Sampling from Road Tanker may be done through the Tank outlet. The sample should be drawn after the vehicle has been allowed to stand for at least one hour from the time of its arrival.Sampling from Drum should be taken only after the drums have been allowed to stand for at least 8 hours with the bung intact on top, protected from dust or rain. The bung are and top surface of the drum shall be cleaned with lint free dry cloth before opening.

Follow all procedure as per IS 6855:2003 Method of Sampling for Liquid Dielectrics issue by Bureau of Indian Standard




Dielectric Strength of Transformer Oil

Dielectric Strength of Transformer Oil is also known as Breakdown Voltage of transformer oil or BDV of transformer oil. Break down voltage is measured by observing at what voltage, sparking strants between two electrods immerged in the oil, separated by specific gap. low value of BDV indicates presence of moisture content and conducting substances in the oil. For measuring BDV of transformer oil, portable BDV measuring kit is generally available at site.In this kit, oil is kept in a pot in which one pair of electrodes are fixed with a gap of 2.5 mm (in some kit it 4mm) between them. Now slowly rising voltage is applied between the electrodes. Rate of rise of voltage is generally controlled at 2KV/s and observe the voltage at which sparking starts between the electrodes. That means at which voltage Dielectric Strength of transformer oil between the electrodes has been broken down.  Generally this measurement is taken 3 to 6 times in same sample of oil and the average value of these reading is taken. BDV is important and popular test of transformer oil, as it is primary indication of health of oil and it can be easily carried out at site.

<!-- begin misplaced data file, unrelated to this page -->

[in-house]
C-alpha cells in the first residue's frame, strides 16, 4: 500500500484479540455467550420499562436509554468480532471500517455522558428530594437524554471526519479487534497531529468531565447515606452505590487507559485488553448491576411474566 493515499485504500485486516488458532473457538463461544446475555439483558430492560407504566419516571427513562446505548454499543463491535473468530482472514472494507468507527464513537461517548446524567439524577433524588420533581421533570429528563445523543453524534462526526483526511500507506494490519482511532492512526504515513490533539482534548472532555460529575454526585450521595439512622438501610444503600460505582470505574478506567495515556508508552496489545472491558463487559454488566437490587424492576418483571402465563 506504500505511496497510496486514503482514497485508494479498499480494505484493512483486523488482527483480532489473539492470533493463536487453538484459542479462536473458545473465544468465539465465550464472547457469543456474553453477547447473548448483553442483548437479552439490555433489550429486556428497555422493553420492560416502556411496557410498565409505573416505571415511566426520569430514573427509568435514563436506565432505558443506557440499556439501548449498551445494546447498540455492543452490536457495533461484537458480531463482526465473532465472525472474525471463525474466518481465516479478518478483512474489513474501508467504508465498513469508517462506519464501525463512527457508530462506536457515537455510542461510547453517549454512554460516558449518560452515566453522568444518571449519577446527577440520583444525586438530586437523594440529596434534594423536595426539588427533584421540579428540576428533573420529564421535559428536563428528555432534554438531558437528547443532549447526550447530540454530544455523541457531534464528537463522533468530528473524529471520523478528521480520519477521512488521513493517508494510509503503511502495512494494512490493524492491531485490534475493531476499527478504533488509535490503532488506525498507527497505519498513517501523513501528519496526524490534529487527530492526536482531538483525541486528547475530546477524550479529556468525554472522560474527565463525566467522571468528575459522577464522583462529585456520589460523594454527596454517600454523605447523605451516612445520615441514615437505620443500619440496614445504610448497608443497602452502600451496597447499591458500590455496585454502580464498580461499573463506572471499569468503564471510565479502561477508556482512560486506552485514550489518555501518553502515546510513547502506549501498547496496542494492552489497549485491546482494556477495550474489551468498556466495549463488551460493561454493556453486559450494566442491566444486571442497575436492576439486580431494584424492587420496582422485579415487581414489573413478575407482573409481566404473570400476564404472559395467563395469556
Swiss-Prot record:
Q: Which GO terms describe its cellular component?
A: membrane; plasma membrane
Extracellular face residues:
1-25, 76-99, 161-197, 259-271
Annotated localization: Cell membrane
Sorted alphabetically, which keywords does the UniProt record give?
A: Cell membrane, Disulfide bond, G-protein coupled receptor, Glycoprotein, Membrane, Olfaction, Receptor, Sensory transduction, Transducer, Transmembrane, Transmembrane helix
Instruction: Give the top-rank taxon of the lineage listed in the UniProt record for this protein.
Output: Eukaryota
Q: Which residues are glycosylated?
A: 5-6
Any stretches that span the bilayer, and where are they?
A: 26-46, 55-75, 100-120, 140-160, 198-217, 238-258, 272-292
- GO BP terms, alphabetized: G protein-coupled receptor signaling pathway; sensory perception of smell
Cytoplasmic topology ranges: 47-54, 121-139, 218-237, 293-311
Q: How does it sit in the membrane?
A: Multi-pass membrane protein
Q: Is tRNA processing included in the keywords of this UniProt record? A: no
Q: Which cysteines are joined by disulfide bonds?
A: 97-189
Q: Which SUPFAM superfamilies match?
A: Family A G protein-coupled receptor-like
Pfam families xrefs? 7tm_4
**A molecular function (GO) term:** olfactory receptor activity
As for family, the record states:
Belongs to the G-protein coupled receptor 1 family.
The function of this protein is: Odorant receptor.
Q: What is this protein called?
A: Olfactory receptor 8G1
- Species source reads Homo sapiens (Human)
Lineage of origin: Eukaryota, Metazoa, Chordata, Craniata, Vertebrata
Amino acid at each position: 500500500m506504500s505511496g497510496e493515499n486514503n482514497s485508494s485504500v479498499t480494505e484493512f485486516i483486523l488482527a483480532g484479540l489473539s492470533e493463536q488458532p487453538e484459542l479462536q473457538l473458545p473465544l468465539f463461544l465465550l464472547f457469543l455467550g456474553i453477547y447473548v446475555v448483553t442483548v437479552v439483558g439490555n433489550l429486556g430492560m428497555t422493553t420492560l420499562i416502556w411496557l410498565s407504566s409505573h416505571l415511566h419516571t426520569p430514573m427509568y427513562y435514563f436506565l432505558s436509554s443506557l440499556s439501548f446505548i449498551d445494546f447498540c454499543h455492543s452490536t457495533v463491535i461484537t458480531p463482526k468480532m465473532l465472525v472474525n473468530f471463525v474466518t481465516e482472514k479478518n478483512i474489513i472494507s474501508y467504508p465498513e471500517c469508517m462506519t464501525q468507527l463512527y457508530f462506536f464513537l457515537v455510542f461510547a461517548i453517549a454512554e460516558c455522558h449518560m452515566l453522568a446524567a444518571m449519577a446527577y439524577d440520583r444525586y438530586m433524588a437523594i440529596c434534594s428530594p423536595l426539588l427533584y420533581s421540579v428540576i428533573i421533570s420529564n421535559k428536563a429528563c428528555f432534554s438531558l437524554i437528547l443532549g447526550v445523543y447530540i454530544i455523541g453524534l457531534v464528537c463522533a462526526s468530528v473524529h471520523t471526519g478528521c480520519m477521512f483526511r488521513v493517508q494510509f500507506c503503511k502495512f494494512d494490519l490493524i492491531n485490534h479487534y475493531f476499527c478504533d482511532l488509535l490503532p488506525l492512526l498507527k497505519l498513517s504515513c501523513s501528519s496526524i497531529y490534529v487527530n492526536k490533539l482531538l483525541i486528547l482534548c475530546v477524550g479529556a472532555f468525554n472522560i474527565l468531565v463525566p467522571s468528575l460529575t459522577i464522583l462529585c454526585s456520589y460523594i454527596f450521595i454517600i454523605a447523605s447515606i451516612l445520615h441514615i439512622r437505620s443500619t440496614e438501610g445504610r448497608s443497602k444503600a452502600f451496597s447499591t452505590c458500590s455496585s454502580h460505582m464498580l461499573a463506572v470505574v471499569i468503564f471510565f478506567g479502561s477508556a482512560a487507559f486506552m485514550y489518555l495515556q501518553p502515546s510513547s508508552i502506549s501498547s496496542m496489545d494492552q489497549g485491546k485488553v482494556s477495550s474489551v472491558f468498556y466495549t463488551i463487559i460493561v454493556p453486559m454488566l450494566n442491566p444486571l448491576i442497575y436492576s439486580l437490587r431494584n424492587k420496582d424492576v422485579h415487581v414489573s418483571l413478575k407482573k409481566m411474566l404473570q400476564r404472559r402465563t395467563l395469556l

Dry and clean oil gives BDV results, better than the oil with moisture content and other conducting impurities. Minimum Breakdown Voltage of transformer oil or Dielectric Strength of transformer oil at which this oil can safely be used in transformer, is considered as 30 KV.


Specific Resistance ( Resistivity ) of Transformer Oil

This is another important property of transformer oil. This is measure of DC resistance between two opposite sides of one cm3is taken as ohm-cm at specific temperature. With increase in temperature the resistivity of oil decreases rapidly. Just after charging a transformer after long shut down, the temperature of the oil will be at ambient temperature and during full load the temperature will be very high and may go up to 90oC at over load condition. So resistivity of the insulating oil must be high at room temperature and also it should have good value at high temperature as well. That is why specific resistance or resistivity of transformer oil should be measured at 27oC as well as 90oC.